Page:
mailing list archives
Re: CVE request: MediaWiki 1.22.5 login csrf
From: Jann Horn <jann () thejh net>
Date: Sat, 29 Mar 2014 14:57:25 +0100
On Sat, Mar 29, 2014 at 10:58:38AM +0000, Florent Daigniere wrote:
On Sat, 2014-03-29 at 00:21 +0100, Jann Horn wrote:
However, this means that Login CSRF becomes a big security issue because it
would allow me to add evil JS to my account and then force the browser of
someone else to execute it in the context of the MediaWiki server's domain.
I had a look at how mediawiki generates its CSRF token... a smiley is
worth a thousand words. :XD
"Anon" users (whatever that is) share a token (EDIT_TOKEN_SUFFIX).
Others have their pseudo-random "secret" hashed and stored in their
session... and it's spit out using "return md5( $token . $salt ) .
Few lines below is the function called matchEditToken(), *lazily*
evaluating the above against what it receives on the wire.
I won't bore you with the details, but the above is very unlikely to be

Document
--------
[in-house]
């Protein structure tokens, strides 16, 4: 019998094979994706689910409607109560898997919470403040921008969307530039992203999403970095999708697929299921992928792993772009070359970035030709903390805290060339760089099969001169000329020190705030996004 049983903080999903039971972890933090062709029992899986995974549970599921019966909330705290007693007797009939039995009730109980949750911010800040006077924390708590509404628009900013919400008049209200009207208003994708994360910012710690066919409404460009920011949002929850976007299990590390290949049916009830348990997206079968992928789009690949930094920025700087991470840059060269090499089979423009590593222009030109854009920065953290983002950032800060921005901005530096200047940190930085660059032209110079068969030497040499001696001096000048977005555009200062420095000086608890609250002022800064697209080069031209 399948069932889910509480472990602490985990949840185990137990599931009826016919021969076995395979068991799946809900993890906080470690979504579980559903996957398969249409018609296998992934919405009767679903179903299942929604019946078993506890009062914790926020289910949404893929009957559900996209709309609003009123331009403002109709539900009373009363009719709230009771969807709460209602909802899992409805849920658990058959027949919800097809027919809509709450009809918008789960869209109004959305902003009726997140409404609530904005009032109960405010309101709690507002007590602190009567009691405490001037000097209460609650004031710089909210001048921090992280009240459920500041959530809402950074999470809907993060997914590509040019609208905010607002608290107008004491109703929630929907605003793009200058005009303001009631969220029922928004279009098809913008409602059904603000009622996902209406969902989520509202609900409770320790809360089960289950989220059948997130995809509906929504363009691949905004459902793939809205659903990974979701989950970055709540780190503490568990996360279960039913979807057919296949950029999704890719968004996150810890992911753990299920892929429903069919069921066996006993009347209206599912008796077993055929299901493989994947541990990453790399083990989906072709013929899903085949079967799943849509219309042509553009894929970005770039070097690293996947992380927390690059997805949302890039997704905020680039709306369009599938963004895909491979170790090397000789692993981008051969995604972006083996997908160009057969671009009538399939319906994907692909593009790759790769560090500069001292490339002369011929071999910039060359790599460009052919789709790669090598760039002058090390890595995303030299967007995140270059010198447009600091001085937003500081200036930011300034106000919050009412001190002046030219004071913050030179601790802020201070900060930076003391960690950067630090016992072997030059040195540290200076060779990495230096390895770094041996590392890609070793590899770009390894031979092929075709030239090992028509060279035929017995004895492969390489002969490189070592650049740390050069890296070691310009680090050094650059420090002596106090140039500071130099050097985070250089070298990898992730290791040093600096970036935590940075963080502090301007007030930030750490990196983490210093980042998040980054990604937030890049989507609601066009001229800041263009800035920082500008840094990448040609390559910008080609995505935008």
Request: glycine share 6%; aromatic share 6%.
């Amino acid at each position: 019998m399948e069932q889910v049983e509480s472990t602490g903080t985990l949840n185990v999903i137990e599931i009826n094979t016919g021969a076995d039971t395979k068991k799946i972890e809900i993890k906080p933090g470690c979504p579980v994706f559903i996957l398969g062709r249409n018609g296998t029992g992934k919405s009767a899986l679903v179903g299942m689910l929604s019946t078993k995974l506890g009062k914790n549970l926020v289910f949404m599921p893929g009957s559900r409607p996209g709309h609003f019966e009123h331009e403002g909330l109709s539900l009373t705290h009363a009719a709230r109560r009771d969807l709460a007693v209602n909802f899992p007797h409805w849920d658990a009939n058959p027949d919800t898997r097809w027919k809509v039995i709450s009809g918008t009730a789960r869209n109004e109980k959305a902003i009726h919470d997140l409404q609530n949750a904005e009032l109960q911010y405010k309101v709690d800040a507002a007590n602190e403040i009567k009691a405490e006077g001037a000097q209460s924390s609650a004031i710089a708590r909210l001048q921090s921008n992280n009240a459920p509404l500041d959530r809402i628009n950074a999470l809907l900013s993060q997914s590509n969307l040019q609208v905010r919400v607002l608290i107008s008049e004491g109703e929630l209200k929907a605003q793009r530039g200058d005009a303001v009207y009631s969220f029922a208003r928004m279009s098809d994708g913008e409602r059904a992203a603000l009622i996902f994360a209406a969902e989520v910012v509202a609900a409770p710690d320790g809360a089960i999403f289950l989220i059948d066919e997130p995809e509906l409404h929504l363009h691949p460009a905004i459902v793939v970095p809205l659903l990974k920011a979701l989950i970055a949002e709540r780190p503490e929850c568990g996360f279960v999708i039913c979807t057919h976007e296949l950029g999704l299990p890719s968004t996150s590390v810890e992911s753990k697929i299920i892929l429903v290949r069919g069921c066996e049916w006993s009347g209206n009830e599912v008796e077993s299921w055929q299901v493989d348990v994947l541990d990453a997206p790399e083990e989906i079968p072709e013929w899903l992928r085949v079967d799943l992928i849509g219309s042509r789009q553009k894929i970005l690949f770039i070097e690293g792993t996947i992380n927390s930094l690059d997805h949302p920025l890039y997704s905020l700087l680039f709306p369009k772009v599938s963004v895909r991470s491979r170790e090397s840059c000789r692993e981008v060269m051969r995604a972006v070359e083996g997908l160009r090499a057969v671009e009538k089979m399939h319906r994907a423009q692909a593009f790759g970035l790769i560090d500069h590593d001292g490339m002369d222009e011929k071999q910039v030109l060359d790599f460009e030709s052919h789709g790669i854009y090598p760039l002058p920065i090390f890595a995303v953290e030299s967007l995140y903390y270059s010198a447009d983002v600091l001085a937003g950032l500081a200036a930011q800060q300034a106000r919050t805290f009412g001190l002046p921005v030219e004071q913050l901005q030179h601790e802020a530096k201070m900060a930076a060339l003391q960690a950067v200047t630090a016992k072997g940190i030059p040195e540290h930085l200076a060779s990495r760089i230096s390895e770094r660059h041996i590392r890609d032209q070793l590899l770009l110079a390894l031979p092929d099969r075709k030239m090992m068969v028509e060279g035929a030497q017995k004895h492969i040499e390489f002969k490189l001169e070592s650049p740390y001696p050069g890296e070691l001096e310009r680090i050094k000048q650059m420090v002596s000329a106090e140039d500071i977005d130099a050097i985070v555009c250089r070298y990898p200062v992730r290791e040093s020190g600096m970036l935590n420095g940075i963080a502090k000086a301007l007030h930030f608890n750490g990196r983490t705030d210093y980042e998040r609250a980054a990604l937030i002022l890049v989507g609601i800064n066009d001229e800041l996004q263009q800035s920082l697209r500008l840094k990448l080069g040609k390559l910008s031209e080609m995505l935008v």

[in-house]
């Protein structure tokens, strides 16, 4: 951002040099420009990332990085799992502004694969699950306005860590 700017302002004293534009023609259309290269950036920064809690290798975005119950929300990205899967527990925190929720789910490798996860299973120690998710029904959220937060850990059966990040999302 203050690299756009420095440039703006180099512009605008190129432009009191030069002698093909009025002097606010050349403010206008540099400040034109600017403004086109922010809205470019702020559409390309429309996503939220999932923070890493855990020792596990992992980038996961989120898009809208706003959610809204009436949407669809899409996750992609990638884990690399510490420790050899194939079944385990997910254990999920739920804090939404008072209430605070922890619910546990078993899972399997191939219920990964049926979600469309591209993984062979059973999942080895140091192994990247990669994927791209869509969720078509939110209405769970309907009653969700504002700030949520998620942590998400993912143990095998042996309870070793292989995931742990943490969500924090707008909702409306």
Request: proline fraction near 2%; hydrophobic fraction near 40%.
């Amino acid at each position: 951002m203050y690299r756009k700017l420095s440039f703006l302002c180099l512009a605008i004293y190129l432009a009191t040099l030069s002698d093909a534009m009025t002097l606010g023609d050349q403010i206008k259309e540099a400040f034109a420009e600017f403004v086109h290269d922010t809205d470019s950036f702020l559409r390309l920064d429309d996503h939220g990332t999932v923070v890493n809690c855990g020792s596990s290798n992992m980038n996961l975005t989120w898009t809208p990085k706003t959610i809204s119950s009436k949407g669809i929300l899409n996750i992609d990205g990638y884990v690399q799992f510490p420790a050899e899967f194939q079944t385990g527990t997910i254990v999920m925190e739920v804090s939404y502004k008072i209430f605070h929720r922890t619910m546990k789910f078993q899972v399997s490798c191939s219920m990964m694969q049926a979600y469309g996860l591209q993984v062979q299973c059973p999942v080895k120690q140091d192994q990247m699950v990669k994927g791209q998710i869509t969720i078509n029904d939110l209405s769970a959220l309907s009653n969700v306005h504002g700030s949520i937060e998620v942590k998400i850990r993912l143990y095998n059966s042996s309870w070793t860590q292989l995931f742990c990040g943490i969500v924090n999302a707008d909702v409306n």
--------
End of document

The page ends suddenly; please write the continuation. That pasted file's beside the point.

okay. In no particular order:
-) according to the above, "Anon" users share the same CSRF tokens
Ah, that would probably allow an attacker to misuse his website's visitors
for spamming wikipedia, right? Not with any kind of elevated access though,
just coming from lots of different IPs and therefore hard to ban.
-) the attacker can force a session (and its secret) onto a user: ever
heard of http://www.php.net/manual/en/session.idpassing.php ? (grep
tells me that neither session.use_only_cookies nor session.use_trans_sid
Hmm, that sounds plausible, but I was unable to do that. Well, I'm not very
familiar with PHP, so I probably missed something.
-) the way the tokens are generated and compared is not okay (lazy
comparison in PHP, no constant time comparison, hash-length-extension
Hm, yes, lazy comparison sounds bad, and non-constant-time also. But how
would you do a hash length extension against this? Wouldn't that only work
if the salt was in front of the token in the hash, not behind it?
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- Re: CVE request: MediaWiki 1.22.5 login csrf, (continued)